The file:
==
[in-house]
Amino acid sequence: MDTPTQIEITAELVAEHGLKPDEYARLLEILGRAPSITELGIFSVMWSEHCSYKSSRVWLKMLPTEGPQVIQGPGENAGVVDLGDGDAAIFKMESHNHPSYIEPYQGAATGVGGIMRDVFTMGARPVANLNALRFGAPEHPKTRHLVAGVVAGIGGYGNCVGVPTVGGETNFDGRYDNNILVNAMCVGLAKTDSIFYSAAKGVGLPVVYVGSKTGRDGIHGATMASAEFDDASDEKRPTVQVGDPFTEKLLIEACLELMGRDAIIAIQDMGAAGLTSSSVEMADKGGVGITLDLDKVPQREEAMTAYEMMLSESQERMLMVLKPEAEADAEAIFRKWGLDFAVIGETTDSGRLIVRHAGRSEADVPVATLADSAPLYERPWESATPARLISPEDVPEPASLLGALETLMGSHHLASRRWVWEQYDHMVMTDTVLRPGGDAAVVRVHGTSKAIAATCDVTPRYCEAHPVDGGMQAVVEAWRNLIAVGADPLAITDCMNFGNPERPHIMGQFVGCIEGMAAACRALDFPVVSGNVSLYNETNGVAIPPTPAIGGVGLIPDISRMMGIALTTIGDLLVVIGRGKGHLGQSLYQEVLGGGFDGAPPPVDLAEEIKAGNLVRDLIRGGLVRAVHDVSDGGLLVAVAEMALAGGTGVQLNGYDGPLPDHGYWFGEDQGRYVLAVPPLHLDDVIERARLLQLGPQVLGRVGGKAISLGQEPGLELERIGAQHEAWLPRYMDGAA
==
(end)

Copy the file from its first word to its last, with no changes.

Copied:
[in-house]
Amino acid sequence: MDTPTQIEITAELVAEHGLKPDEYARLLEILGRAPSITELGIFSVMWSEHCSYKSSRVWLKMLPTEGPQVIQGPGENAGVVDLGDGDAAIFKMESHNHPSYIEPYQGAATGVGGIMRDVFTMGARPVANLNALRFGAPEHPKTRHLVAGVVAGIGGYGNCVGVPTVGGETNFDGRYDNNILVNAMCVGLAKTDSIFYSAAKGVGLPVVYVGSKTGRDGIHGATMASAEFDDASDEKRPTVQVGDPFTEKLLIEACLELMGRDAIIAIQDMGAAGLTSSSVEMADKGGVGITLDLDKVPQREEAMTAYEMMLSESQERMLMVLKPEAEADAEAIFRKWGLDFAVIGETTDSGRLIVRHAGRSEADVPVATLADSAPLYERPWESATPARLISPEDVPEPASLLGALETLMGSHHLASRRWVWEQYDHMVMTDTVLRPGGDAAVVRVHGTSKAIAATCDVTPRYCEAHPVDGGMQAVVEAWRNLIAVGADPLAITDCMNFGNPERPHIMGQFVGCIEGMAAACRALDFPVVSGNVSLYNETNGVAIPPTPAIGGVGLIPDISRMMGIALTTIGDLLVVIGRGKGHLGQSLYQEVLGGGFDGAPPPVDLAEEIKAGNLVRDLIRGGLVRAVHDVSDGGLLVAVAEMALAGGTGVQLNGYDGPLPDHGYWFGEDQGRYVLAVPPLHLDDVIERARLLQLGPQVLGRVGGKAISLGQEPGLELERIGAQHEAWLPRYMDGAA